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Are the Bible Thumpers Losing Their Grip on Our Politics?

The Christian Right appears to be in decline, yet Republicans still pander to them. What gives?
 
 
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Is the religious right, which has been the electoral backbone of the Republican Party since the creation of the Moral Majority in the '70s and the election of Ronald Reagan in 1980, in trouble? The strongly right-wing Washington Times reports rather dimly on the conference for the Faith and Freedom Coalition, a group founded by religious right luminary Ralph Reed, because it couldn’t even gather 400 audience members, despite having a deep bench of fundamentalist-beloved politicians and celebrities like Pat Robertson, Sarah Palin, Rick Perry and Scott Walker. The Times contrasted the small conference with its '80s and '90s counterpart, the Christian Coalition’s Road to the White House conventions, which drew thousands of participants every year.

If such a right-wing publication as the Washington Times is willing to hint at it, maybe it’s really time to ask the question: Is the Christian right beginning to lose its numbers, its mojo, and even its power? While it’s definitely too early to count them out—after all, the religious right, weird fantasies about  masturbating fetuses and all—still wholly owns the Republican Party at this point. Still, is there some hope on the horizon that their once-mighty numbers and power are beginning to dwindle?

Evangelical writer and pastor John S. Dickerson certainly seems to think so. In a piece published for the New York Times in December 2012,  Dickerson bluntly declared that evangelical Christians have become a tiny minority in America:

In the 1980s heyday of the Rev. Jerry Falwell’s Moral Majority, some estimates accounted evangelicals as a third or even close to half of the population, but research by the Notre Dame sociologist Christian Smith recently found that Christians who call themselves evangelicals account for just 7 percent of Americans. (Other research has reported that some 25 percent of Americans belong to evangelical denominations, though they may not, in fact, consider themselves evangelicals.) Dr. Smith’s findings are derived from a three-year national study of evangelical identity and influence, financed by the Pew Research Center. They suggest that American evangelicals now number around 20 million, about the population of New York State.

One major reason is strictly demographic: Older fundamentalists are dying off and not being replaced by younger ones.  Research by the Christian Barna Group shows that the 43% of young people raised as evangelicals stop going to church once they grow up. The reasons that  young people get disillusioned with the church track nicely to the reasons the religious right is such a danger to American democracy and freedom: They disagree with the homophobic and sexually judgmental teachings. They disapprove of the church’s attacks on science. They find conservative Christianity intolerant and stifling.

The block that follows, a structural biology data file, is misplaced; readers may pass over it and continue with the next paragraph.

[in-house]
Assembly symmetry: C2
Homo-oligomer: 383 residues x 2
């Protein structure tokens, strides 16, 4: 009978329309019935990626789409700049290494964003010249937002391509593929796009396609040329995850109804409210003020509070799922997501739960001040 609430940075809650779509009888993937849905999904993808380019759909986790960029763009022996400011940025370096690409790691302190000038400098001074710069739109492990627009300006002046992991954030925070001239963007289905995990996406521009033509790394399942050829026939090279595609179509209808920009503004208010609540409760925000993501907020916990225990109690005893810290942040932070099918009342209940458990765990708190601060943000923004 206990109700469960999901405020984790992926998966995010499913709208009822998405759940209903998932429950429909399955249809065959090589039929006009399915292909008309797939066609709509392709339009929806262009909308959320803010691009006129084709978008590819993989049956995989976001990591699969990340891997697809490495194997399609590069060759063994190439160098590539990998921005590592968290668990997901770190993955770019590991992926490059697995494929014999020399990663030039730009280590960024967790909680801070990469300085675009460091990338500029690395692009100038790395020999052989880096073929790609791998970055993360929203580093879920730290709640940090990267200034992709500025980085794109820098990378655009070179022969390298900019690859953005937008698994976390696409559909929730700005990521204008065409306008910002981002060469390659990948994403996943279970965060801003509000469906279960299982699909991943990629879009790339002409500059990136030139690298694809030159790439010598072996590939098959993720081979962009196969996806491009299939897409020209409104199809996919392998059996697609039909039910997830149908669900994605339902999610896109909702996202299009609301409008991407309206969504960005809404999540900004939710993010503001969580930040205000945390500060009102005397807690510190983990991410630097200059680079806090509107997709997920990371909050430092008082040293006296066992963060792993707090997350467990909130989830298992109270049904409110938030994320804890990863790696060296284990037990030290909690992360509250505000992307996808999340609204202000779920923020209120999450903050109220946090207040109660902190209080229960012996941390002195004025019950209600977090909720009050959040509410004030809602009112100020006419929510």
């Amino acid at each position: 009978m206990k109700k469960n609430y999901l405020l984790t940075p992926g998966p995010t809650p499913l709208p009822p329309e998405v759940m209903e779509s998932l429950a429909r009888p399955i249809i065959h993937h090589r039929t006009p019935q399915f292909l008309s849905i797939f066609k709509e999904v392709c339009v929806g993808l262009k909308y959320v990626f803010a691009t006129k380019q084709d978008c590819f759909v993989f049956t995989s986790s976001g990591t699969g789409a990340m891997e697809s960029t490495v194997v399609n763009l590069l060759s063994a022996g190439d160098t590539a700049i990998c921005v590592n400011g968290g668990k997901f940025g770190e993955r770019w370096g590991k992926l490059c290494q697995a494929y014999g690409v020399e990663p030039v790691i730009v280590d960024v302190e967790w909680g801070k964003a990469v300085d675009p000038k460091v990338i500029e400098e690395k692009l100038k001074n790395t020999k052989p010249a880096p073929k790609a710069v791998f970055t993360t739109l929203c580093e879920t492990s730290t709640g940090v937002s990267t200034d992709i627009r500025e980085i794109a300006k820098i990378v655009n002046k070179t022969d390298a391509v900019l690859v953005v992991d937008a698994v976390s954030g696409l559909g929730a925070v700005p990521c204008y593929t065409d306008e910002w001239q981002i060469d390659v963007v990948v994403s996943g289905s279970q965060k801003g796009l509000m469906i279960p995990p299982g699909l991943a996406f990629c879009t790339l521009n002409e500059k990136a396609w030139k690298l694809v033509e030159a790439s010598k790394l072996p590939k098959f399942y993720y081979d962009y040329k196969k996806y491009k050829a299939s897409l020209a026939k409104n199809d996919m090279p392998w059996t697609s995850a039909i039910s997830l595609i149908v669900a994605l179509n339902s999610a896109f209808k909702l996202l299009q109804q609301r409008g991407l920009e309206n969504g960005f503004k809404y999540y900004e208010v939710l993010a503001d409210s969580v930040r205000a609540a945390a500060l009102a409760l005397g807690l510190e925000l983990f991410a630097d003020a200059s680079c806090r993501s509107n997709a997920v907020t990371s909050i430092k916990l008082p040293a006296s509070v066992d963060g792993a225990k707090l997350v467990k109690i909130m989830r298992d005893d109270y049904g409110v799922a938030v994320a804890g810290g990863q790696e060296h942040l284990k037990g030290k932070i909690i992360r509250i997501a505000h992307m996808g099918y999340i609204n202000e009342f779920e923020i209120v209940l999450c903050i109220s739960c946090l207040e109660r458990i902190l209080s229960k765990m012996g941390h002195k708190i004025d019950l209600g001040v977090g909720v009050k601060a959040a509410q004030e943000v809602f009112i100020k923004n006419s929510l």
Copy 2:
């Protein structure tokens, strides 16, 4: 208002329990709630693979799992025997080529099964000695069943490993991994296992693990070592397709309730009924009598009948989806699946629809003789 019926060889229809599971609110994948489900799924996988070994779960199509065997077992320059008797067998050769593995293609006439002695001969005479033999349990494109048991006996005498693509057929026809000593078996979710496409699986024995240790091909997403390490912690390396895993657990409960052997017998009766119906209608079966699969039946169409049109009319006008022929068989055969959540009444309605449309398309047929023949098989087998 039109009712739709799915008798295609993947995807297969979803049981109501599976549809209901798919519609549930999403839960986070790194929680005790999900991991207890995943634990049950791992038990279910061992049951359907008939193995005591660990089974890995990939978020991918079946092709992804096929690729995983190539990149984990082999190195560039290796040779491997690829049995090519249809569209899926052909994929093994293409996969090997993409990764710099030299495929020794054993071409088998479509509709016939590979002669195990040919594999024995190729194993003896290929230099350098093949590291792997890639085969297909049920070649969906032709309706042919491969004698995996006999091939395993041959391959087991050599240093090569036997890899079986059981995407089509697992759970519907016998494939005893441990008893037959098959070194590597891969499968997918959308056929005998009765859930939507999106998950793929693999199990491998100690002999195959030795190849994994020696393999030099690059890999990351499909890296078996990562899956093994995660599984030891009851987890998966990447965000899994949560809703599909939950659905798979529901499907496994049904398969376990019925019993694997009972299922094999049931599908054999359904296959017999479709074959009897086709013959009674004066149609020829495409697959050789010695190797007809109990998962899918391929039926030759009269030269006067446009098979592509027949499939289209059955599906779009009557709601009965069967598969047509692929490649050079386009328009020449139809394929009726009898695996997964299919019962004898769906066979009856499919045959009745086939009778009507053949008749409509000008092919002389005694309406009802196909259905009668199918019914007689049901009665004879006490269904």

Evangelical leaders themselves certainly believe they’re seeing a decline in influence in the United States. In a 2011 Pew Forum poll of evangelical leaders around the world, 82 percent of American evangelical leaders said that evangelical Christianity was losing influence. Compare this to evangelical leaders in sub-Saharan Africa, the Middle East and North Africa, Latin America and most of Asia, 58 percent who said that their faith was gaining influence. Which, sadly for the people of those countries, means more gay-bashing, more attacks on women’s rights, and more scientific illiteracy, though presumably the evangelical leaders see all these effects as good things.

Of course, if you were gauging by the behavior of Republican politicians, you’d think that evangelical Christianity was not only growing in popularity but growing in conservatism. The past few years have seen  a dramatic escalation in the attacks on women’s rights, which politically can only be a bid for the fundamentalist votes, as most people outside the world of conservative Christianity are either pro-choice or don’t care enough about the issue to vote on it. (Yes, there are also Catholics, but despite their leadership,  the majority of Catholics are pro-choice.) Not only that, but Republicans seem to have grown bolder in portraying themselves as religious extremists to pander to the religious right, often embracing absolutist approaches to abortion, opening up the war on choice to attacks on contraception, and sharing the bizarre, anti-science attitudes towards rape and pregnancy they pick up in their churches. While the majority of Americans turn toward favoring marriage equality for gays and straights, Republicans attack like the country still views the issue the way a megachurch pastor would, even going so far as to hire separate lawyers to defend DOMA when the Obama administration refused to do it. 

 
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